Denver’s Metropolitan State University, which says that it “educates more undergraduate Coloradans than anyone else in the state,” is going ahead with a controversial new plan to charge a new tuition rate for students who are undocumented immigrants.
Under the new plan, some students who are undocumented immigrants will be charged $3,358 per semester, about $1,000 more than in-state students pay, but about $4,600 less than is charged for out-of-state students. Students must meet these criteria: They must have been residents for at least three years, have a degree from a Colorado high school or a GED and be “in good legal standing other than their immigration status.”
Metro State announced its rate plan shortly after the ASSET bill, which sought to provide discounted rates at all Colorado colleges and universities for students who are undocumented immigrants. According to the Denver Post, the immediate result was a “firestorm” with “some members of the state legislature wonder[ing] if the school was trying to circumvent their work and hinted at political repercussions.”
Colorado Attorney General John Suthers has issued an opinion that the tuition rate plan is illegal under state law. After this, a number of Metropolitan State officials testified before Colorado’s Joint Budget Committee, which oversees funding for higher education.
Metro State is confident that it can proceed with its tuition plan and contends that a recent Obama administration decision — that children brought illegally into the US by their parents can have deportation attempts deferred for two years and can apply for work permits — supports it. Students who apply for the different rate (and almost 100 have done so, say Metro State officials) must provide provide notarized documention “affirming that they have either filed an application to legalize their status and/or applied for deferred action under the Homeland Security ruling, or will do so as soon as they become eligible.”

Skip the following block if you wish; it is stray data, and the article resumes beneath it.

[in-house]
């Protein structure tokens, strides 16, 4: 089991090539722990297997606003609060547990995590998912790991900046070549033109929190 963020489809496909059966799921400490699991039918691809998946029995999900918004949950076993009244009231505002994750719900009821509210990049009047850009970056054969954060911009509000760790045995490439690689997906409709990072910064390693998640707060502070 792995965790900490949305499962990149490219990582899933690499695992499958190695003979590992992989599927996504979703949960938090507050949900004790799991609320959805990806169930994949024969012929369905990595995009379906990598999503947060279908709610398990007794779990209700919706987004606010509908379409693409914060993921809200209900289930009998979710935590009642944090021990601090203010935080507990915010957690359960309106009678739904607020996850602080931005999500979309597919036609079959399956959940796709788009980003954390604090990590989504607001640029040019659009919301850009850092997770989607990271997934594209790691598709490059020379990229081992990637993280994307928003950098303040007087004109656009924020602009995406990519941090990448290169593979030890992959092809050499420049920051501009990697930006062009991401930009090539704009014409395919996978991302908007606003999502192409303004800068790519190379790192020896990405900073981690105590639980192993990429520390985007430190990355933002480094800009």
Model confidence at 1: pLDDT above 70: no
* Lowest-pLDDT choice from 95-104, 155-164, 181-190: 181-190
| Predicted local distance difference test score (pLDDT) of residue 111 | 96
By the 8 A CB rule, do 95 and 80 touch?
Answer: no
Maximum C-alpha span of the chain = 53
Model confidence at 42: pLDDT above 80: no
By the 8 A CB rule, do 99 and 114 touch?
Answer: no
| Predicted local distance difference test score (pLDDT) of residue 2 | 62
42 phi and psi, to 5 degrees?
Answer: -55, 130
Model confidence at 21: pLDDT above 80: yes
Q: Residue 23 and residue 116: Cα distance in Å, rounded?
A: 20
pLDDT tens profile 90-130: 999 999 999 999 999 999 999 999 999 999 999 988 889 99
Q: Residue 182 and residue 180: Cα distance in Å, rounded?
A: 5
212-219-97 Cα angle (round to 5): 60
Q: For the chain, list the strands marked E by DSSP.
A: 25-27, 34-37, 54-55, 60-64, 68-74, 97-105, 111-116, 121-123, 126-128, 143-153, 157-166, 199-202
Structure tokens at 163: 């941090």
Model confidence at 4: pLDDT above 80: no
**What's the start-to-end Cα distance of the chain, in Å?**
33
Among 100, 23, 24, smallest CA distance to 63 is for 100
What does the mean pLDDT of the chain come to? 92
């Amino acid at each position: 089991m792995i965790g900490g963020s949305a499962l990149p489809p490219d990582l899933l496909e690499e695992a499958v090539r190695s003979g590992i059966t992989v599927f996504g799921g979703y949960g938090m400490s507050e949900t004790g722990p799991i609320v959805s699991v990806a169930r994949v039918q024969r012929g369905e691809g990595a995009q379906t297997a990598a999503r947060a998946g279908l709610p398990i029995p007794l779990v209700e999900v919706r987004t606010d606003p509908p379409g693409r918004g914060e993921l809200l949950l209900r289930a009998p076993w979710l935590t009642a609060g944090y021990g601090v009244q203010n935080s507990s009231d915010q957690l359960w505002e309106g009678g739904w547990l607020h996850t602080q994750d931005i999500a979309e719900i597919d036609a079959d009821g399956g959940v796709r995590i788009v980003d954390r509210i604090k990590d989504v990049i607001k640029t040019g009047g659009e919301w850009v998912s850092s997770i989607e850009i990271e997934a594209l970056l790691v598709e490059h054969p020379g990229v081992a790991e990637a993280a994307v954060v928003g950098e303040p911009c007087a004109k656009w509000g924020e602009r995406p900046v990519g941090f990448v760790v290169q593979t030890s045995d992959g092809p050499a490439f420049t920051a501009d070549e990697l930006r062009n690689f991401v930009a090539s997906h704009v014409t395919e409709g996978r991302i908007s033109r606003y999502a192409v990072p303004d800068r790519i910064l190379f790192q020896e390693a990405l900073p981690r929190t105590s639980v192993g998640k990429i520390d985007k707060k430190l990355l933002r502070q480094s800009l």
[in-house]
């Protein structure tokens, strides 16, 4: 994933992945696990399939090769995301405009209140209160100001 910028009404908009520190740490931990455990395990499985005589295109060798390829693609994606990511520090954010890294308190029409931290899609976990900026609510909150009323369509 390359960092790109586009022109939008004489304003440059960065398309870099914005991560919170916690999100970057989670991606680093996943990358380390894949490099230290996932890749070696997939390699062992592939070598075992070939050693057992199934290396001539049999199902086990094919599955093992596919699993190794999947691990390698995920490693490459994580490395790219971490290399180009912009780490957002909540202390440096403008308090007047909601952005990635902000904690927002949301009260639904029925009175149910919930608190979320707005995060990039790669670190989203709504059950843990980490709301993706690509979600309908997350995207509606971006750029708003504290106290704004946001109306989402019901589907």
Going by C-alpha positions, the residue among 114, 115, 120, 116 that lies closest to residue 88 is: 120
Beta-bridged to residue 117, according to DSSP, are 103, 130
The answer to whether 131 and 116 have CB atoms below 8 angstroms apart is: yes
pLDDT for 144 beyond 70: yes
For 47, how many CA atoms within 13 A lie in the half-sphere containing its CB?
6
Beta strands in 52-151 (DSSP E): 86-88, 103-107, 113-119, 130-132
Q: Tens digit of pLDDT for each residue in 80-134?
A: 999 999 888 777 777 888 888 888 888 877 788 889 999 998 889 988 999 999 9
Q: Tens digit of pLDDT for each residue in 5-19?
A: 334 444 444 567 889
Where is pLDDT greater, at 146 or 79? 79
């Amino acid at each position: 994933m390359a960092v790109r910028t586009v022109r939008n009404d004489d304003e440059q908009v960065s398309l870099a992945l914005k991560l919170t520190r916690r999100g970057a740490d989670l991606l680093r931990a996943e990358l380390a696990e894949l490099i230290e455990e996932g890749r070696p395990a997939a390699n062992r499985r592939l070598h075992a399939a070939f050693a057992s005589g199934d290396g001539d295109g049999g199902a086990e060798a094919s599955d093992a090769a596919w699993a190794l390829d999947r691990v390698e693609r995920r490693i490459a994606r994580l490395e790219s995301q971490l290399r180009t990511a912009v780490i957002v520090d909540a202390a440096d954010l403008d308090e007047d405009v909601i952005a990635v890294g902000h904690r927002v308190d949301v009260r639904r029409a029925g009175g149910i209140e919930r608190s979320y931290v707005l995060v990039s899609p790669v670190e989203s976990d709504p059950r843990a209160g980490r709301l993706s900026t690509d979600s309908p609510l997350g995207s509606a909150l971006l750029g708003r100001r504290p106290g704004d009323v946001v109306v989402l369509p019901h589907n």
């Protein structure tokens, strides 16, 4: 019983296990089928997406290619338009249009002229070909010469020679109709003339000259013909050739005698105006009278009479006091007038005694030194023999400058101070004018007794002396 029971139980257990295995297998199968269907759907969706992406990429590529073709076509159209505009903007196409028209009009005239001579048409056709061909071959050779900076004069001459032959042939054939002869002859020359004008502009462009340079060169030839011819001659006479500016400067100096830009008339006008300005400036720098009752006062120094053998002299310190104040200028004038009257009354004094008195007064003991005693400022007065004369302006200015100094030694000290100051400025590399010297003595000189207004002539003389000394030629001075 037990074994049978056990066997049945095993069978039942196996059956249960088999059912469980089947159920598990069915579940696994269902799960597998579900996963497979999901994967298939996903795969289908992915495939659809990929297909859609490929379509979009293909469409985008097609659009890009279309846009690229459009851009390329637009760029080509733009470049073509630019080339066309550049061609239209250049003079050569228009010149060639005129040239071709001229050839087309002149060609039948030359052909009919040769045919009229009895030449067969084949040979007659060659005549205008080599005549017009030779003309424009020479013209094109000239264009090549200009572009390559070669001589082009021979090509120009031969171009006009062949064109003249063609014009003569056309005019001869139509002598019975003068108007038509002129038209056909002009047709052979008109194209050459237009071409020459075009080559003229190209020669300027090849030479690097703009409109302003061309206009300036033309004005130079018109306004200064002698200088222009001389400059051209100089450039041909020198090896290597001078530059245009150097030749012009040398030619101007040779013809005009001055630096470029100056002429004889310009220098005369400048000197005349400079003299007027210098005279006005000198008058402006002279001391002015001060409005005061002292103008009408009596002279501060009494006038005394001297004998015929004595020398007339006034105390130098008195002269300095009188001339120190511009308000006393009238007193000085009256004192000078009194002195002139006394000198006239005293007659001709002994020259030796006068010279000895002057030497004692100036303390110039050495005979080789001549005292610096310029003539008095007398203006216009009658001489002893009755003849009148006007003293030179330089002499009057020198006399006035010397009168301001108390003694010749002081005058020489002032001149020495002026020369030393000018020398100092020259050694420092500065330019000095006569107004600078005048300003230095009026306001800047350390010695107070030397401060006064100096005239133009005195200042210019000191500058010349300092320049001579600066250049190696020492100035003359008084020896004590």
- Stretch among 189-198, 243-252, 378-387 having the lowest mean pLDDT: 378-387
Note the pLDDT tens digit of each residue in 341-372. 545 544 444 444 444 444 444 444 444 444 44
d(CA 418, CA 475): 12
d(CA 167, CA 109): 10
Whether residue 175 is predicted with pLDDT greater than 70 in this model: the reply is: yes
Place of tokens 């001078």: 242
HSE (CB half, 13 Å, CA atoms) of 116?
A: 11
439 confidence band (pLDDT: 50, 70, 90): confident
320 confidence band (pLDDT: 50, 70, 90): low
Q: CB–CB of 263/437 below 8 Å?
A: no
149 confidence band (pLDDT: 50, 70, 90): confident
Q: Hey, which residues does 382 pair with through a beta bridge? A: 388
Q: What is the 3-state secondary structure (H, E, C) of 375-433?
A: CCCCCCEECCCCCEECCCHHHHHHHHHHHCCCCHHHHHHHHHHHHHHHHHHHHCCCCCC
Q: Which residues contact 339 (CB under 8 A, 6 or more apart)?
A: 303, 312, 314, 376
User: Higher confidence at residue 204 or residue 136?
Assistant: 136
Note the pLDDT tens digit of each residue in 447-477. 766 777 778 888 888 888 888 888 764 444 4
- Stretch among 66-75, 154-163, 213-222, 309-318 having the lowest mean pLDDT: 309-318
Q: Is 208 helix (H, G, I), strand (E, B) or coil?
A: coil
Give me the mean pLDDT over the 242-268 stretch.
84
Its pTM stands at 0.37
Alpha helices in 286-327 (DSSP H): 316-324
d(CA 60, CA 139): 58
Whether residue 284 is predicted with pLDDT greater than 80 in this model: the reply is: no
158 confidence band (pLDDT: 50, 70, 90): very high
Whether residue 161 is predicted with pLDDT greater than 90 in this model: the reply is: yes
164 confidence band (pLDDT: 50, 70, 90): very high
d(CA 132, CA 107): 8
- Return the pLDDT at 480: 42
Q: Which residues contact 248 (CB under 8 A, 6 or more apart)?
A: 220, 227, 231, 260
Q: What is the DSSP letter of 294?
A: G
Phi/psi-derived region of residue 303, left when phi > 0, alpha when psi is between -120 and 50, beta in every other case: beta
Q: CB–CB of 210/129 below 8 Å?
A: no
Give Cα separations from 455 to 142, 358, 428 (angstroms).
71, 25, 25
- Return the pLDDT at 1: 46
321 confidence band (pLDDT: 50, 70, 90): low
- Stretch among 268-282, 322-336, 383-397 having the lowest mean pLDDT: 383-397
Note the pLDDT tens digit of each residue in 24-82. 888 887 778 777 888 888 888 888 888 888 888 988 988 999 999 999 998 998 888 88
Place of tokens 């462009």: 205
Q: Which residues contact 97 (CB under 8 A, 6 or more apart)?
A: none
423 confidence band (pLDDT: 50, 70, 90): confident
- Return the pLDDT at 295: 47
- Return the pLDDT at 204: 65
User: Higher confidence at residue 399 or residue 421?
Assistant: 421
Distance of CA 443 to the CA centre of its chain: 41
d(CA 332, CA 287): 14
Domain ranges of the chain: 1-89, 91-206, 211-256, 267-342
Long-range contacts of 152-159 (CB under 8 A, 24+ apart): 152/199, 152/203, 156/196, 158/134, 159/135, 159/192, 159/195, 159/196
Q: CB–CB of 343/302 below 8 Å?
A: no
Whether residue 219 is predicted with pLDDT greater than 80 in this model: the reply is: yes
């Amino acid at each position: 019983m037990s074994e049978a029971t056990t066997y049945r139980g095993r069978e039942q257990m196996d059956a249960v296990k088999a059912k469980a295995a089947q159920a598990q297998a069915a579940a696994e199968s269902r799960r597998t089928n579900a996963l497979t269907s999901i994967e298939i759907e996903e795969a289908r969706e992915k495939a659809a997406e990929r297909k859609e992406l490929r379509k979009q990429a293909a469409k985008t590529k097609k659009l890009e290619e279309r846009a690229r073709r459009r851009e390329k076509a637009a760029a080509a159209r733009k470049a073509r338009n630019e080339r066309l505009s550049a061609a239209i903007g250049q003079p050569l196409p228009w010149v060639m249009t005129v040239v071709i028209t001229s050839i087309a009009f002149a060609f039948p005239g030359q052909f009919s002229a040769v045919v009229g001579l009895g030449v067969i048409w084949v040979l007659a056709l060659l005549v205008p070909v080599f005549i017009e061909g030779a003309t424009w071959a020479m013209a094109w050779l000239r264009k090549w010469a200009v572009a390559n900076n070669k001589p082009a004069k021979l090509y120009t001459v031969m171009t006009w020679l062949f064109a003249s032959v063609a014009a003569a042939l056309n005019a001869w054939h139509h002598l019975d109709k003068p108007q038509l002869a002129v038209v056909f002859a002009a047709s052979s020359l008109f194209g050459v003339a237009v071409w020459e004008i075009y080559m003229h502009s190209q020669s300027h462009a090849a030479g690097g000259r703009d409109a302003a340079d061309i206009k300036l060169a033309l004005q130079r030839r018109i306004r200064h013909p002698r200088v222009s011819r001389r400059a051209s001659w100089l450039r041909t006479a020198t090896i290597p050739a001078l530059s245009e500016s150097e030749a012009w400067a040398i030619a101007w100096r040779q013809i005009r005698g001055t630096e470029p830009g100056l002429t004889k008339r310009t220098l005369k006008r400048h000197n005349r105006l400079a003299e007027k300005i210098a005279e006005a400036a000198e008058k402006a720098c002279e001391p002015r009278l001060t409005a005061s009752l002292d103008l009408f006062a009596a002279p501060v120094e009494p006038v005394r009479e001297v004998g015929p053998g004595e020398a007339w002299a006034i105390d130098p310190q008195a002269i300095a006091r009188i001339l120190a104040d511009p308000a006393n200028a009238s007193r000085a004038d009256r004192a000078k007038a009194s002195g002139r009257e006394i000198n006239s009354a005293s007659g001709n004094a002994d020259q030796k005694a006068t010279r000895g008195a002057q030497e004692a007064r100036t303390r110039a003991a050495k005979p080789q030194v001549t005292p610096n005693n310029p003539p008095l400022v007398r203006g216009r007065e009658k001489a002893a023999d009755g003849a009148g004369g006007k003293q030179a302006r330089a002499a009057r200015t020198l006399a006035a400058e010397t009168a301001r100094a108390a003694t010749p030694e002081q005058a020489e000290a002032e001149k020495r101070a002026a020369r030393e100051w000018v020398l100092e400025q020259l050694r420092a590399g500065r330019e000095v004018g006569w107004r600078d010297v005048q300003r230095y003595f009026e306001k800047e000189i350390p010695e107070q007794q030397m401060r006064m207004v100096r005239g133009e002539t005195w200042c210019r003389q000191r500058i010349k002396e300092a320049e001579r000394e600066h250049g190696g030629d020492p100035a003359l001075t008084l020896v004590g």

But as former U.S. Rep. Tom Tancredo points out, even if an injunction is issued against the new tuition rate, some 100 students would be “in jeopardy because now they’ve been identified as being illegal.” The non-profit Rocky Mountain Foundation, which Tancredo runs, is planning to pursue legal action against Metro State for violating state and federal law. While noting that different state colleges can disagree about tuition policies but not change the law, Tancredo stated that, “Metro State must wait for the General Assembly to change the law, and if the law is not changed, they can’t make new laws by themselves.”
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